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2B19KM2 0013IDM geogphotos 27 October 2020 Rights Managed

Country: Worldwide
Usage: Student Projects, For non-commercial use in projects such as dissertations, presentations or essays.
Industry sector: Education
Image Size: Any size
Start: 27 October 2020
Duration: In perpetuity

 

$ 0.99
Edited by geogphotos
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This is one of my first 'back to film' images and I am very pleased that a student has found it to be of use in their studies. 

 

I have no complaints about the fee either. I don't have a problem with micro fees for micro uses - that is what RM is about. 

 

What I would like to know is how this student found that the image was available at this price for this use because I can't see the option? The nearest I can see is Personal Use for £9.99 in UK.

 

More broadly how does Alamy advertise the availability of images to students and the general public - or do these buyers blow in by chance and word of mouth - if so that hardly seems much of a marketing strategy?

 

 

Edited by geogphotos
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Not sure, but maybe they sign up as a student contributor and thereby automatically get the option to licence at reduced rates?

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2 minutes ago, losdemas said:

Not sure, but maybe they sign up as a student contributor and thereby automatically get the option to licence at reduced rates?

 

 

Seems quite a small potential market base given the number of students there are in the world.

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1 minute ago, geogphotos said:

Seems quite a small potential market base given the number of students there are in the world.

 

Can't disagree with that.

Perhaps why you see so few (your first? I've never seen any) of these sales.

Edited by losdemas
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1 minute ago, losdemas said:

 

Can't disagree with that.

Perhaps why you see so few (your first? I've never seen any) of these sales.

 

 

I realise that a lot of contributors don't like these sort of fees but if Alamy are going to offer them they might as well build some sort of platform for opt in and then advertise it. Hardly seems worth it otherwise for them to get 49p commission on a one-off sale.

 

There could be a huge market for this. 

 

But I don't see why an image of 'any size' is necessary. A low res one would be fine for a written report. 

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10 minutes ago, geogphotos said:

I realise that a lot of contributors don't like these sort of fees but if Alamy are going to offer them they might as well build some sort of platform for opt in and then advertise it. Hardly seems worth it otherwise for them to get 49p commission on a one-off sale.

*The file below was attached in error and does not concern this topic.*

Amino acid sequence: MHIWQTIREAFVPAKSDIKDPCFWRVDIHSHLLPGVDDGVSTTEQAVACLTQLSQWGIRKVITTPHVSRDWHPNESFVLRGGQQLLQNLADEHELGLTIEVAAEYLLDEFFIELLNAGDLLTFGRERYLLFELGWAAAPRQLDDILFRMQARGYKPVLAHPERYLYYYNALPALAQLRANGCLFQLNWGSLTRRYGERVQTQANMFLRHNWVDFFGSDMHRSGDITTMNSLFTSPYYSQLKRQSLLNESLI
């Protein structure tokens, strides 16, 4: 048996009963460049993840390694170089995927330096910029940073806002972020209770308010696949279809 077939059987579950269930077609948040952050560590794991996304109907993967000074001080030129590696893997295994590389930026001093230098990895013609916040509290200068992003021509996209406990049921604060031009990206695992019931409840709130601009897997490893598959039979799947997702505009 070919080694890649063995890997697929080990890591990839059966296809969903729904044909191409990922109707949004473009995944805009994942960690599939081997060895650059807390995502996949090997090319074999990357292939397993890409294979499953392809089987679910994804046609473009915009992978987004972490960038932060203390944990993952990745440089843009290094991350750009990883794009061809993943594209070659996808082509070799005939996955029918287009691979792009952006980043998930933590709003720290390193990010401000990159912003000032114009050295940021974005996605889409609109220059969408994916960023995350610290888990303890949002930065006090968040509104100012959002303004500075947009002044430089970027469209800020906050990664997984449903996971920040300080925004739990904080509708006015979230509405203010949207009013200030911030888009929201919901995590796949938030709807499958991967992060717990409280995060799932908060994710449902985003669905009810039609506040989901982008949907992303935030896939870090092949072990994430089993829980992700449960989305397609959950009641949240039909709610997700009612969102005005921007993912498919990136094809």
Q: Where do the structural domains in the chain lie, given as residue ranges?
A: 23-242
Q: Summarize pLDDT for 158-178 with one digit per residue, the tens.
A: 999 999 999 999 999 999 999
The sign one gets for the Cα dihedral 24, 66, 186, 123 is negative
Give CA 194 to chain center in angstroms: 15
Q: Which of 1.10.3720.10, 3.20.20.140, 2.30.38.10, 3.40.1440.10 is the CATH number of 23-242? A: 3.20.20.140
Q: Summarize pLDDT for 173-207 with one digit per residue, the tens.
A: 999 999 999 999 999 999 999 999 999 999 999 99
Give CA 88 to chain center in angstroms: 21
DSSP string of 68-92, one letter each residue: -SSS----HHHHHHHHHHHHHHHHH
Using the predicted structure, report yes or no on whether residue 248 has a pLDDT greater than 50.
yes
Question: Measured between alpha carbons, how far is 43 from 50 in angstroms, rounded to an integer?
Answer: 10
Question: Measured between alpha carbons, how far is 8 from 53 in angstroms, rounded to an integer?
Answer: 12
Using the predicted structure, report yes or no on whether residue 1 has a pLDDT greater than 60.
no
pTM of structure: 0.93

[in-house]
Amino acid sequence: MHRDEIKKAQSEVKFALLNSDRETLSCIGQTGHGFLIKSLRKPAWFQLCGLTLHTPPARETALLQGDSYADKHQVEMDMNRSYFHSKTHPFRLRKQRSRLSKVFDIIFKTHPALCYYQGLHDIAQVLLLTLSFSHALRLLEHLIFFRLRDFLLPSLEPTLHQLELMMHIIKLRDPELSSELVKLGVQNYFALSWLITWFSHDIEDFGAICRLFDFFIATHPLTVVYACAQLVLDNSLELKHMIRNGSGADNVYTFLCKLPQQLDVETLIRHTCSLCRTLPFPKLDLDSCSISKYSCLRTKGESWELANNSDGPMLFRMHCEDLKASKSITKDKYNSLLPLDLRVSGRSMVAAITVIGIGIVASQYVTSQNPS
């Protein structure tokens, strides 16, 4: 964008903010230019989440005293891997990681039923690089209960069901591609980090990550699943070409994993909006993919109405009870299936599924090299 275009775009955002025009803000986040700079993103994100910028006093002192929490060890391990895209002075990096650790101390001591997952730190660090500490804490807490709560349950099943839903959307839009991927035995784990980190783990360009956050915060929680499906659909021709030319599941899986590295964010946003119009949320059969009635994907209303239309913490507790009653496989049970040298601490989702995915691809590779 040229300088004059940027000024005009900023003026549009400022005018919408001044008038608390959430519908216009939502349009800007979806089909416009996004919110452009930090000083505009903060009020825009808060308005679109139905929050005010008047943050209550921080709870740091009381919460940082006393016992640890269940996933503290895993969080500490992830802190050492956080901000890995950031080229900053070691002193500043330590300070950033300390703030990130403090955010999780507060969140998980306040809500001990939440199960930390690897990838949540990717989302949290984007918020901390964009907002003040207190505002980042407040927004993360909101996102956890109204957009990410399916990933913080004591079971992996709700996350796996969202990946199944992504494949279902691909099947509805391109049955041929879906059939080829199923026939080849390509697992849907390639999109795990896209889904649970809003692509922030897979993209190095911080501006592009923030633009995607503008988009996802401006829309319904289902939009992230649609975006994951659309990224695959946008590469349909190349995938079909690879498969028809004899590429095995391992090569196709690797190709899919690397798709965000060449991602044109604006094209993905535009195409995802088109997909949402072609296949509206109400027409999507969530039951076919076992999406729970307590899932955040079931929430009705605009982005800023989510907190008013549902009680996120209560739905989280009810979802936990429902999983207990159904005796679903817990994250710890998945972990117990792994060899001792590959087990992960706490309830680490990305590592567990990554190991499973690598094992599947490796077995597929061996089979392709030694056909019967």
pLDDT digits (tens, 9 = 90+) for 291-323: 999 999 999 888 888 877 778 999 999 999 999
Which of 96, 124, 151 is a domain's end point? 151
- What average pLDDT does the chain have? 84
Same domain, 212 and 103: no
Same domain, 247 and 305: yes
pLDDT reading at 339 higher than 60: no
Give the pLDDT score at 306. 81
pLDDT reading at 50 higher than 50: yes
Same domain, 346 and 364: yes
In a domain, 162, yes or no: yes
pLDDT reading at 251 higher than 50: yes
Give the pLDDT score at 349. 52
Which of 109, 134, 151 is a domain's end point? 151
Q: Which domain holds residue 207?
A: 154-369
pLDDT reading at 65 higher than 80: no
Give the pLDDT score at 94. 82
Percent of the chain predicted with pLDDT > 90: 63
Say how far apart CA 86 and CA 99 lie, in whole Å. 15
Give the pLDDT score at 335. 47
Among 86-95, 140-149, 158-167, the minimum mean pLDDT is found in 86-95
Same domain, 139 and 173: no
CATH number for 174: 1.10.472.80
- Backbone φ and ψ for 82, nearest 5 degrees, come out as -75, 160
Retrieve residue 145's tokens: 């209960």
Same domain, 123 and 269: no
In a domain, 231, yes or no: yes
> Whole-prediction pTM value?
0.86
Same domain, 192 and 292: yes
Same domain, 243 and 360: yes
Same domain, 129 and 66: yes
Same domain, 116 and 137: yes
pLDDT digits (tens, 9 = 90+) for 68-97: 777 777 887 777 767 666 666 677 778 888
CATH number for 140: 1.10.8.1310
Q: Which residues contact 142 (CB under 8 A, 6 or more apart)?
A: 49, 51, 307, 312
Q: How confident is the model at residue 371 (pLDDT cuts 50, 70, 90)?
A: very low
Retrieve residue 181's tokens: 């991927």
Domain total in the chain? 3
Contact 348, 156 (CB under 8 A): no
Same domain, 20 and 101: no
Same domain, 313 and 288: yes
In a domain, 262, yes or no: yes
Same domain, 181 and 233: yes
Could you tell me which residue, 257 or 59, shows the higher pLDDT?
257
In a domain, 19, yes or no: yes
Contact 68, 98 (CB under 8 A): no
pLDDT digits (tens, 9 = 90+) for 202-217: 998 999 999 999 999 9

There could be a huge market for this. 

 

But I don't see why an image of 'any size' is necessary. A low res one would be fine for a written report. 

 

i would agree with you - totally! - but I am too concerned that, as the introduction of PU/Presentation has proven, Alamy have next to no interest in ensuring that the end use is that stated. It would just result in a large volume of 49p licences for other uses.

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45 minutes ago, losdemas said:

 

i would agree with you - totally! - but I am too concerned that, as the introduction of PU/Presentation has proven, Alamy have next to no interest in ensuring that the end use is that stated. It would just result in a large volume of 49p licences for other uses.

 

I accept your point. No need for anything but very low res images for dissertation/Powerpoint/essay. 

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Just now, geogphotos said:

 

That's for student photographers submitting their images to Alamy and being offered 100% commission.

They do refer to buying and selling and that Alamy staffers visit schools and colleges to spread the word, hence sales?

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14 minutes ago, Normspics said:

They do refer to buying and selling and that Alamy staffers visit schools and colleges to spread the word, hence sales?

 

 

True - I assumed that meant explaining how the stock photo industry worked rather than pitching the availability of images fro their use. 

 

That’s why we also travel to schools across the UK and US to talk to students about both buying and selling stock photography. 

 

 

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Just now, geogphotos said:

 

 

True - I assumed that meant explaining how the stock photo industry worked rather than pitching the availability of images fro their use. 

 

That’s why we also travel to schools across the UK and US to talk to students about both buying and selling stock photography. 

 

 


I hadn’t known about the student licence until reading your post, so with that in mind I made the link that Alamy was selling the idea of students to sell photos as stock photographers to ensure future supply of images, but I felt it read as a pitch to get students to buy images for projects. Maybe Alamy might comment on this to clear it up.

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I just assumed that students come across images -- perhaps through Google searches -- and then contact Alamy -- i.e. there is no marketing strategy as such.

 

As mentioned in a previous thread, a subscription model would make sense for education/student use.

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3 minutes ago, John Mitchell said: